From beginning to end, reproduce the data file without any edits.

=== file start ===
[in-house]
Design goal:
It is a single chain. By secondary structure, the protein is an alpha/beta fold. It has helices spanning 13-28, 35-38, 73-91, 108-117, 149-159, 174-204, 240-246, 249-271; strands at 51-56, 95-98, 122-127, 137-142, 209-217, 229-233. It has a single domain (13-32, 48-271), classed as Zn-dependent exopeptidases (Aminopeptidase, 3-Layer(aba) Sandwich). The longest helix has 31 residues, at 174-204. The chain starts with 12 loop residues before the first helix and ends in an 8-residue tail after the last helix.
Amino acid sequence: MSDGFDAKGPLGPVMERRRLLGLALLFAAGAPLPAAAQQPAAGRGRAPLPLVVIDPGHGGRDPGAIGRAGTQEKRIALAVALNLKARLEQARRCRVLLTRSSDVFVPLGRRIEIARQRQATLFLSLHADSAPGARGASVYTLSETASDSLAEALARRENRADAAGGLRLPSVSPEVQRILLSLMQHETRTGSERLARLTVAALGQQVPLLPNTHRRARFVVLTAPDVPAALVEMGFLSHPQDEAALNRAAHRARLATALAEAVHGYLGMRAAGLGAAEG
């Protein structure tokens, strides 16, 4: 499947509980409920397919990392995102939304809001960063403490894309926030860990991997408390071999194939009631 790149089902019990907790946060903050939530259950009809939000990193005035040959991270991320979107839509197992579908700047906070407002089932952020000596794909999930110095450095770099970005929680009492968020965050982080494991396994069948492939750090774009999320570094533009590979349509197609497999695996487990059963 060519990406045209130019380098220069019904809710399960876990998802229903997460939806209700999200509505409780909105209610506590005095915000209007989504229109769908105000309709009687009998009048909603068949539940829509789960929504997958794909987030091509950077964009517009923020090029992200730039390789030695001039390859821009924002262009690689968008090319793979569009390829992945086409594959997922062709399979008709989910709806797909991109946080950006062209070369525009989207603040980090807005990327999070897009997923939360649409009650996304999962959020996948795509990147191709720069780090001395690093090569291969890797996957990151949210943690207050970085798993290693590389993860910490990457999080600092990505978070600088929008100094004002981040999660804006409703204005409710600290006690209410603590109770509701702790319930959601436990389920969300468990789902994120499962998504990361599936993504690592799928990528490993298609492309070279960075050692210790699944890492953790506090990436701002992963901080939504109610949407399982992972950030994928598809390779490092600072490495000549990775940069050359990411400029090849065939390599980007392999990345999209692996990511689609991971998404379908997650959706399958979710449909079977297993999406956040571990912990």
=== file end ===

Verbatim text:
[in-house]
Design goal:
It is a single chain. By secondary structure, the protein is an alpha/beta fold. It has helices spanning 13-28, 35-38, 73-91, 108-117, 149-159, 174-204, 240-246, 249-271; strands at 51-56, 95-98, 122-127, 137-142, 209-217, 229-233. It has a single domain (13-32, 48-271), classed as Zn-dependent exopeptidases (Aminopeptidase, 3-Layer(aba) Sandwich). The longest helix has 31 residues, at 174-204. The chain starts with 12 loop residues before the first helix and ends in an 8-residue tail after the last helix.
Amino acid sequence: MSDGFDAKGPLGPVMERRRLLGLALLFAAGAPLPAAAQQPAAGRGRAPLPLVVIDPGHGGRDPGAIGRAGTQEKRIALAVALNLKARLEQARRCRVLLTRSSDVFVPLGRRIEIARQRQATLFLSLHADSAPGARGASVYTLSETASDSLAEALARRENRADAAGGLRLPSVSPEVQRILLSLMQHETRTGSERLARLTVAALGQQVPLLPNTHRRARFVVLTAPDVPAALVEMGFLSHPQDEAALNRAAHRARLATALAEAVHGYLGMRAAGLGAAEG
């Protein structure tokens, strides 16, 4: 499947509980409920397919990392995102939304809001960063403490894309926030860990991997408390071999194939009631 790149089902019990907790946060903050939530259950009809939000990193005035040959991270991320979107839509197992579908700047906070407002089932952020000596794909999930110095450095770099970005929680009492968020965050982080494991396994069948492939750090774009999320570094533009590979349509197609497999695996487990059963 060519990406045209130019380098220069019904809710399960876990998802229903997460939806209700999200509505409780909105209610506590005095915000209007989504229109769908105000309709009687009998009048909603068949539940829509789960929504997958794909987030091509950077964009517009923020090029992200730039390789030695001039390859821009924002262009690689968008090319793979569009390829992945086409594959997922062709399979008709989910709806797909991109946080950006062209070369525009989207603040980090807005990327999070897009997923939360649409009650996304999962959020996948795509990147191709720069780090001395690093090569291969890797996957990151949210943690207050970085798993290693590389993860910490990457999080600092990505978070600088929008100094004002981040999660804006409703204005409710600290006690209410603590109770509701702790319930959601436990389920969300468990789902994120499962998504990361599936993504690592799928990528490993298609492309070279960075050692210790699944890492953790506090990436701002992963901080939504109610949407399982992972950030994928598809390779490092600072490495000549990775940069050359990411400029090849065939390599980007392999990345999209692996990511689609991971998404379908997650959706399958979710449909079977297993999406956040571990912990």